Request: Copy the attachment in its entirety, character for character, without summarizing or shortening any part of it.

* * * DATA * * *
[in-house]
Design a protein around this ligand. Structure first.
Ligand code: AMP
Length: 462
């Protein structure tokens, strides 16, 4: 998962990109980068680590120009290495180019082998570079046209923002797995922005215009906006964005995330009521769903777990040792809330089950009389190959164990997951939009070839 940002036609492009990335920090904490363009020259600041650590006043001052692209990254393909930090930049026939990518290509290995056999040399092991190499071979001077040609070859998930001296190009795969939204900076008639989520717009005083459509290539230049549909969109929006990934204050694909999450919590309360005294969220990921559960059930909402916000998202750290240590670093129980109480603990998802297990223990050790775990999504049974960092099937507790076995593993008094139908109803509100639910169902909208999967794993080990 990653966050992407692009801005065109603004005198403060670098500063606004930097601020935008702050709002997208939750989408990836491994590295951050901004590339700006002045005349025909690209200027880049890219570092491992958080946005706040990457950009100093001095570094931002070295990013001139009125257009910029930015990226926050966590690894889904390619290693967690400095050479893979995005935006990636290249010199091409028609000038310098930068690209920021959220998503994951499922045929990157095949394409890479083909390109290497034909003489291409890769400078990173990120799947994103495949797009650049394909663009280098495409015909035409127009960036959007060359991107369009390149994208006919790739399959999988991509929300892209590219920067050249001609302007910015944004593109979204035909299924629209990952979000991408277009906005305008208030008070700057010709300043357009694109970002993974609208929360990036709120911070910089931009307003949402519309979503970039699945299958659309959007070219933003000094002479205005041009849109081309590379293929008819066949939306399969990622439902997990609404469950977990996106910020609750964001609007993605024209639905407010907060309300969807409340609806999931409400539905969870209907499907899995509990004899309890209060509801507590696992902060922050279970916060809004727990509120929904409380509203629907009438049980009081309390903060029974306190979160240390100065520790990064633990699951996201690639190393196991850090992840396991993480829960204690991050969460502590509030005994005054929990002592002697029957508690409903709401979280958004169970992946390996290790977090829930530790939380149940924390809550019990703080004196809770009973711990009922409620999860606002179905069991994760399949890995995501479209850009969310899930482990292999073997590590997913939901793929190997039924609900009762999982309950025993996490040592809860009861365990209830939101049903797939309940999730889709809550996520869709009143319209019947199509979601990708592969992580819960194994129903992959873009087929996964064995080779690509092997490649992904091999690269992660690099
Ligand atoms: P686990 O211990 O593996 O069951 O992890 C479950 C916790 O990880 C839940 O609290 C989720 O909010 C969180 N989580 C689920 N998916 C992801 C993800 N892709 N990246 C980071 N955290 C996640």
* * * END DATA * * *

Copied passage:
[in-house]
Design a protein around this ligand. Structure first.
Ligand code: AMP
Length: 462
């Protein structure tokens, strides 16, 4: 998962990109980068680590120009290495180019082998570079046209923002797995922005215009906006964005995330009521769903777990040792809330089950009389190959164990997951939009070839 940002036609492009990335920090904490363009020259600041650590006043001052692209990254393909930090930049026939990518290509290995056999040399092991190499071979001077040609070859998930001296190009795969939204900076008639989520717009005083459509290539230049549909969109929006990934204050694909999450919590309360005294969220990921559960059930909402916000998202750290240590670093129980109480603990998802297990223990050790775990999504049974960092099937507790076995593993008094139908109803509100639910169902909208999967794993080990 990653966050992407692009801005065109603004005198403060670098500063606004930097601020935008702050709002997208939750989408990836491994590295951050901004590339700006002045005349025909690209200027880049890219570092491992958080946005706040990457950009100093001095570094931002070295990013001139009125257009910029930015990226926050966590690894889904390619290693967690400095050479893979995005935006990636290249010199091409028609000038310098930068690209920021959220998503994951499922045929990157095949394409890479083909390109290497034909003489291409890769400078990173990120799947994103495949797009650049394909663009280098495409015909035409127009960036959007060359991107369009390149994208006919790739399959999988991509929300892209590219920067050249001609302007910015944004593109979204035909299924629209990952979000991408277009906005305008208030008070700057010709300043357009694109970002993974609208929360990036709120911070910089931009307003949402519309979503970039699945299958659309959007070219933003000094002479205005041009849109081309590379293929008819066949939306399969990622439902997990609404469950977990996106910020609750964001609007993605024209639905407010907060309300969807409340609806999931409400539905969870209907499907899995509990004899309890209060509801507590696992902060922050279970916060809004727990509120929904409380509203629907009438049980009081309390903060029974306190979160240390100065520790990064633990699951996201690639190393196991850090992840396991993480829960204690991050969460502590509030005994005054929990002592002697029957508690409903709401979280958004169970992946390996290790977090829930530790939380149940924390809550019990703080004196809770009973711990009922409620999860606002179905069991994760399949890995995501479209850009969310899930482990292999073997590590997913939901793929190997039924609900009762999982309950025993996490040592809860009861365990209830939101049903797939309940999730889709809550996520869709009143319209019947199509979601990708592969992580819960194994129903992959873009087929996964064995080779690509092997490649992904091999690269992660690099
Ligand atoms: P686990 O211990 O593996 O069951 O992890 C479950 C916790 O990880 C839940 O609290 C989720 O909010 C969180 N989580 C689920 N998916 C992801 C993800 N892709 N990246 C980071 N955290 C996640």